The evidence in Scripture for the primacy of the Office of Peter within the Universal Church frankly is overwhelming. All four Gospel accounts record the celebrated confession of St. Peter as he speaks for the other eleven apostles and acknowledges Christ to the Messiah. “You are the Christ!” St. Peter professes tersely in St. Mark’s Gospel. “The Messiah of God,” are the few words St. Luke places on St. Peter’s lips in his narrative. Much more solemn are the phrases found in St. Matthew’s account, “You are the Messiah, the Son of the living God.” And St. John, for his part, closes his profound teachings on the Eucharist with these intense words: “Simon Peter answered him, ‘Master, to whom shall we go? You have the words of eternal life. We have come to believe and are convinced that you are the Holy One of God.’”
In the Gospel account according to St. Mark, the confession of St. Peter is not only theologically central, it is also textually central. St. Mark’s Gospel account contains sixteen chapters. The confession by St. Peter is in the middle of chapter eight – the very center of St. Mark’s narrative. The previous eight chapters celebrate Christ the wonder worker, Christ the great preacher, Christ the sympathetic healer. The next eight chapters will hail Christ the suffering Servant, Christ who gave “his back to those who beat him, his cheeks to those who plucked his beard; whose face he did not shield from buffets and spitting,” just as Isaiah had predicted in this Sunday’s first reading. Peter’s confession was indeed a turning point. In St. Mark’s Gospel and in salvation history.
St. Matthew, like St. John and like St. Mark, gives ample evidence that the confession of St. Peter was a critical point in salvation history. St. Matthew’s Gospel narrative is perhaps the most celebrated of the four versions of St. Peter’s profession of faith: “Simon Peter answered, “You are the Messiah, the Son of the living God.” Jesus said to him in reply, “Blessed are you, Simon son of Jonah. For flesh and blood has not revealed this to you, but my heavenly Father. And so I say to you, you are Peter, and upon this rock I will build my church, and the gates of the netherworld shall not prevail against it. I will give you the keys to the kingdom of heaven. Whatever you bind on earth shall be bound in heaven; and whatever you loose on earth shall be loosed in heaven.” Many a Catholic sanctuary is emblazoned with these triumphal words!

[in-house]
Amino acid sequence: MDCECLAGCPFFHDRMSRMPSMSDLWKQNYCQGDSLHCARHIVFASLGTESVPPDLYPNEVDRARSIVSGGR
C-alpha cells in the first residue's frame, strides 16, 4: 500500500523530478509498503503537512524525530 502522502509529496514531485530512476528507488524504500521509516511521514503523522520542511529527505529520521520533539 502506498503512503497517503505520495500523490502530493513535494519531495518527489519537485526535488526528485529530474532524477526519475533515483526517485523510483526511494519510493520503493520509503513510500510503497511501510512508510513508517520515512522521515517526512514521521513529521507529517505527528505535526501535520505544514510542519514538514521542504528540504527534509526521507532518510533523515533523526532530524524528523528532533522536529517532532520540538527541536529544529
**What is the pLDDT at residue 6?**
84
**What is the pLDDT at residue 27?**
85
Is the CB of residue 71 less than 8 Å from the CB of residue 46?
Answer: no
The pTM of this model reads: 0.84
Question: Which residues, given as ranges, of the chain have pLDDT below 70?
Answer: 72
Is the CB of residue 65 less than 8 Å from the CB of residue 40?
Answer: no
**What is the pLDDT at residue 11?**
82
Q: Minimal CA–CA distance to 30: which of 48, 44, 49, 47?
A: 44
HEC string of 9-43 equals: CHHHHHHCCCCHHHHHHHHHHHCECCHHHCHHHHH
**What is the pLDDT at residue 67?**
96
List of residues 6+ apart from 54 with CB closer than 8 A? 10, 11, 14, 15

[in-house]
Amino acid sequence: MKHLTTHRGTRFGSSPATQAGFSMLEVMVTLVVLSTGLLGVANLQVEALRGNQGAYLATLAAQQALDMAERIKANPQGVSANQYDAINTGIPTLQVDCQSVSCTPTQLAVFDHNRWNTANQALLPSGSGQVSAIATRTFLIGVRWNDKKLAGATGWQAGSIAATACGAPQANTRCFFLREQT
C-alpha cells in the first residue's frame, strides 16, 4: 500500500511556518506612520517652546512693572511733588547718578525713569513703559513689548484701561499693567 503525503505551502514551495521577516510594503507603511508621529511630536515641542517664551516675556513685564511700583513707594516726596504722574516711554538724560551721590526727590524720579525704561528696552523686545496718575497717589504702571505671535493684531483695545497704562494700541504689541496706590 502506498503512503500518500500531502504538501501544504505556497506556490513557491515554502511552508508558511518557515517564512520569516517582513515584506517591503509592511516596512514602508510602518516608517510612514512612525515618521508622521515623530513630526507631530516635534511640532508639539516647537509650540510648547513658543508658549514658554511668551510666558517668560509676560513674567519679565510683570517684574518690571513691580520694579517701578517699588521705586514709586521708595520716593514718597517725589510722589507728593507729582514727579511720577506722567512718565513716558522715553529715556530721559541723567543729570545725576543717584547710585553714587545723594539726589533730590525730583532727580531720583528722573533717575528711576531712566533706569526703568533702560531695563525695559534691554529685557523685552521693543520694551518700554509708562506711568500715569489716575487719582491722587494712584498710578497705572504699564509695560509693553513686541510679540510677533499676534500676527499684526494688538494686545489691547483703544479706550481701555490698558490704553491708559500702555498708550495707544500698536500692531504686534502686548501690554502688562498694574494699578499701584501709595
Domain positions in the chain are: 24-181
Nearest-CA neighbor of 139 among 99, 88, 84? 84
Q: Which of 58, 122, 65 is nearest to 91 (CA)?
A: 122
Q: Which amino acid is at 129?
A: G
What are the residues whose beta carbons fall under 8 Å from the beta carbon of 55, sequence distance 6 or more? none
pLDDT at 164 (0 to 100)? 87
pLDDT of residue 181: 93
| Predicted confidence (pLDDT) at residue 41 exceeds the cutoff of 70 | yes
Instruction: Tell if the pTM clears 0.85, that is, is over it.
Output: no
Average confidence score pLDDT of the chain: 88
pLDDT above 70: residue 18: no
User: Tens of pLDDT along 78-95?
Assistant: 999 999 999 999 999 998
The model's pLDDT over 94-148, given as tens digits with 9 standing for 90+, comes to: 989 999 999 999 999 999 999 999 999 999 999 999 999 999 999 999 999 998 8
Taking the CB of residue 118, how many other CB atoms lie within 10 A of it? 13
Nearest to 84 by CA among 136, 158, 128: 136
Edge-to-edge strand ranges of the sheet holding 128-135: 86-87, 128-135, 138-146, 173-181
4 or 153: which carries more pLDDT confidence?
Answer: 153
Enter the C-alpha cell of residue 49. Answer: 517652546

But the primacy of the office of Peter does not rest on a single incident no matter how central to the Gospel text. Consider that St. Peter was among the very first apostles to be selected by Christ at the beginning of his ministry. St. Peter is equally prominent at the conclusion of Jesus’ ministry as he peers into the empty tomb. The women are advised to “go and tell Peter and the other disciples” that Jesus is risen. St. Peter uniquely has his named altered from Simon to Peter. Peter is included among the intimate three who witness the Transfiguration, the raising of Jairus’ daughter and the agony in the garden. It is Peter who attempts to walk on the angry sea. Peter is sent to fetch the coin from the fish’s mouth. It is Peter’s denials that are solely recounted in the Passion accounts. It is St. Peter who is given the commission to “feed my lambs….feed my sheep.” It is Peter who breaks the disciples’ isolation on Pentecost and speaks to the festive crowds. It is Peter (not Paul) who baptizes the first pagan.
The Office of our current Holy Father, Pope Francis, and the ministries of the previous Roman Pontiffs are rooted in Sacred Tradition and confirmed by Sacred Scriptures. The Papacy (St. Peter would not recognize the word) has clearly evolved over the centuries – as the Church itself has. Yet the unique position of the Bishop of Rome wisely reflects the unique position in salvation history of Jesus Christ himself. Unity is just as much a mark of the Church as universality. As the Church eagerly and persistently evangelizes human society, the office of our Holy Father provides an unfailing link with revealed truth as found in the original Gospel message and in the believing community’s sacred traditions as well as with the Divine truths implanted in the natural world. Pope Francis’ imminent visit to the United States will provide a visible, audible and paternal link to that Petrine ministry instituted by Christ himself two millennia ago. The Office of Peter continues the work of Christ.